The research is also an exercise in Minkowski’s psychopathology, which has developed a diagnostic and intervention technique based on the comparison of its own psyche with that of its users. His work does not exclude conventional psychopathology, which is merely descriptive, but it criticizes the function of this perspective for therapeutic work and proposes the understanding of his patients through an intuitive and sensitive practice to the constitution of phenomena for each individual. Action research presupposes participation (and interference) of the researcher naturally, without pursuing a desired “neutrality”. The method for collecting data follows the understanding of Mailhiot (1970), who uses Kurt Lewin’s theory to propose the study of group phenomena in their entirety, as they are perceived and lived subjectively by researchers and participants. Mailhiot proposes action research as a technique that allows to use the feelings and impressions of the researcher and the participants as research data. He uses Lewin’s concept that the social field is a Gestalt, that is, even if the group is made up of individuals and subgroups, it is not reducible, because the dynamics of the constitution of these groups and subgroups are characteristic of the situation that provided them . Action research as a method was a response to attempts to reproduce social phenomena within laboratories, which provide questionable results because they came from artificial situations and which mistakenly sought concrete and absolute results for subjective subjects.
The first publication on peripatetic therapy took place in 1985, but the practice emerged in the context of psychiatric reform in the years 1969-1970 in response to demands not met by the asylum model of the time, with a hospital-centered format and long hospitalizations, which, in practice, excluded the sick people from their families and communities permanently. Interestingly, some biographies of Freud already used the term peripatetic therapy to designate sessions that took place during a walk.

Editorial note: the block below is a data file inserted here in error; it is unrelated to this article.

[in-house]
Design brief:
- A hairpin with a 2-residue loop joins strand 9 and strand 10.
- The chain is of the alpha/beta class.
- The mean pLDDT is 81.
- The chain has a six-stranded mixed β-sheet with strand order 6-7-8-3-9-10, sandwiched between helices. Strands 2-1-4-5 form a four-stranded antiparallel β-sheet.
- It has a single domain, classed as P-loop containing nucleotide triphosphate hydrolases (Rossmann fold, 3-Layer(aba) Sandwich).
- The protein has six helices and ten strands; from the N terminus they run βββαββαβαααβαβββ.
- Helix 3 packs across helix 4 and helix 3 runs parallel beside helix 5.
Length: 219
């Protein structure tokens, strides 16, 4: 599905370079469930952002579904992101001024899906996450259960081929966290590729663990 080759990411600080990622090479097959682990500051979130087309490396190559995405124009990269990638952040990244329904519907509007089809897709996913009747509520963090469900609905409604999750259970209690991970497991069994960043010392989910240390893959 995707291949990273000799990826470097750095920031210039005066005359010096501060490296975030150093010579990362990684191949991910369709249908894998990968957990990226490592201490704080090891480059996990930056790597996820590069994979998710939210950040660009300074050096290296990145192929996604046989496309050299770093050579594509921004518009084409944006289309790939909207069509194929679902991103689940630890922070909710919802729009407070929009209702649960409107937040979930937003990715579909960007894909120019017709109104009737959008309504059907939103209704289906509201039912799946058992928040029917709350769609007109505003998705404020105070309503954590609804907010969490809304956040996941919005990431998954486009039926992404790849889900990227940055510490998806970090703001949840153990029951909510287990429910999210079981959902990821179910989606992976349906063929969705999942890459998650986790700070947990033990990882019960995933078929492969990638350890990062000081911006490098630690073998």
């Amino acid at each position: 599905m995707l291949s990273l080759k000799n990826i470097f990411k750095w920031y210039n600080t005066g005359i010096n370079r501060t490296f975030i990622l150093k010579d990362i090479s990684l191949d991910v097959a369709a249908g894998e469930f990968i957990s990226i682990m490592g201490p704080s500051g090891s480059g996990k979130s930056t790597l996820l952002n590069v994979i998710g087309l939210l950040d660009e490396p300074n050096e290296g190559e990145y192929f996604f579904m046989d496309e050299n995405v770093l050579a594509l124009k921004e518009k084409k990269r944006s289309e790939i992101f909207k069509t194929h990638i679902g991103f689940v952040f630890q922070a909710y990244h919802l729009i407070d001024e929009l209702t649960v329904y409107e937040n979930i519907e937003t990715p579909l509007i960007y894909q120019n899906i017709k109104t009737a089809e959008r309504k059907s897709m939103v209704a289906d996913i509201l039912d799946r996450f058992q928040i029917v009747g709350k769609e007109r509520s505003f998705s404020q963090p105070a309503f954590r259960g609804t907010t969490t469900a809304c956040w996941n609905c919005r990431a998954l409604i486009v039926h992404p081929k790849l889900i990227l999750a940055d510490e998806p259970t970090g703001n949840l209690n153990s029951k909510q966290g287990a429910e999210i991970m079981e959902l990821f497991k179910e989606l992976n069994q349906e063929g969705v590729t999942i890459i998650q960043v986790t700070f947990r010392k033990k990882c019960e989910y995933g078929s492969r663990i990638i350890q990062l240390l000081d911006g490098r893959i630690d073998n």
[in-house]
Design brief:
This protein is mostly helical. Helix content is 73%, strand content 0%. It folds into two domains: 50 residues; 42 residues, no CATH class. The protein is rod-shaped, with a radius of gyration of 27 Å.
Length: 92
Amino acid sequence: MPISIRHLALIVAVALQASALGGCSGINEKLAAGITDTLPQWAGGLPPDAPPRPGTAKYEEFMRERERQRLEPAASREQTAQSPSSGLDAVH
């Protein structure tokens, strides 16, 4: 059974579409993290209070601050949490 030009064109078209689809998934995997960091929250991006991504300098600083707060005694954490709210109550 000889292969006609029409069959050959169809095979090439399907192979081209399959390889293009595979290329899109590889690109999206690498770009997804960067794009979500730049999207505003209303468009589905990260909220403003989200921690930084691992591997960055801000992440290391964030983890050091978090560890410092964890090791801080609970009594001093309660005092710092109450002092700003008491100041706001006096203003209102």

Minkowski’s alternative to conventional psychopathology is that the adoption of the syndrome ceases to be a grouping of symptoms and is recognized as “the expression of a profound and characteristic change of the entire human personality”. He appropriated Bergson’s concepts, considering that the most fundamental aspects of human existence are not quantifiable or measurable, in order to develop his own classifications of psychology and psychopathology.
Minkowski is quite pragmatic in his work and does not propose a definition or norm for psychotherapy. After all, the therapeutic event can occur from what appeared to be a simple conversation and we are not always very clear when this process started or when it was completed. In this perspective, the element that causes the therapeutic result may be unknown given the complexity of human relationships, being necessarily connected to explanations associated with the intuitive and irrational. It does not exclude nor does it minimize the need for professional training on the contrary, because the therapeutic and psychopathological work must necessarily be built from an individual and personal experience.
The experience of everyday life, outside the inpatient institution, can be therapeutic in itself for these users. Everyday life can offer more creative alternatives to an experience that was once punished by isolation and the agony of existing. The healing of the subject who had previously been isolated by severe psychological suffering must occur precisely in the social, that is, outside the institutional scope (Coelho, 2008).
One of the peculiarities of the TA clinic is in the setting of its differentiated frame from the classic clinic clinic. Because it is a clinic that takes place in everyday life in the city, the “consulting room” is constituted in public spaces. AT can happen either at home, on buses or in cinemas. It is the particularity of each place that will define the session rules. It is said by this particularity of the TA that the setting of this work is mobile. (p. 66, 2007)
Peripathetic group therapy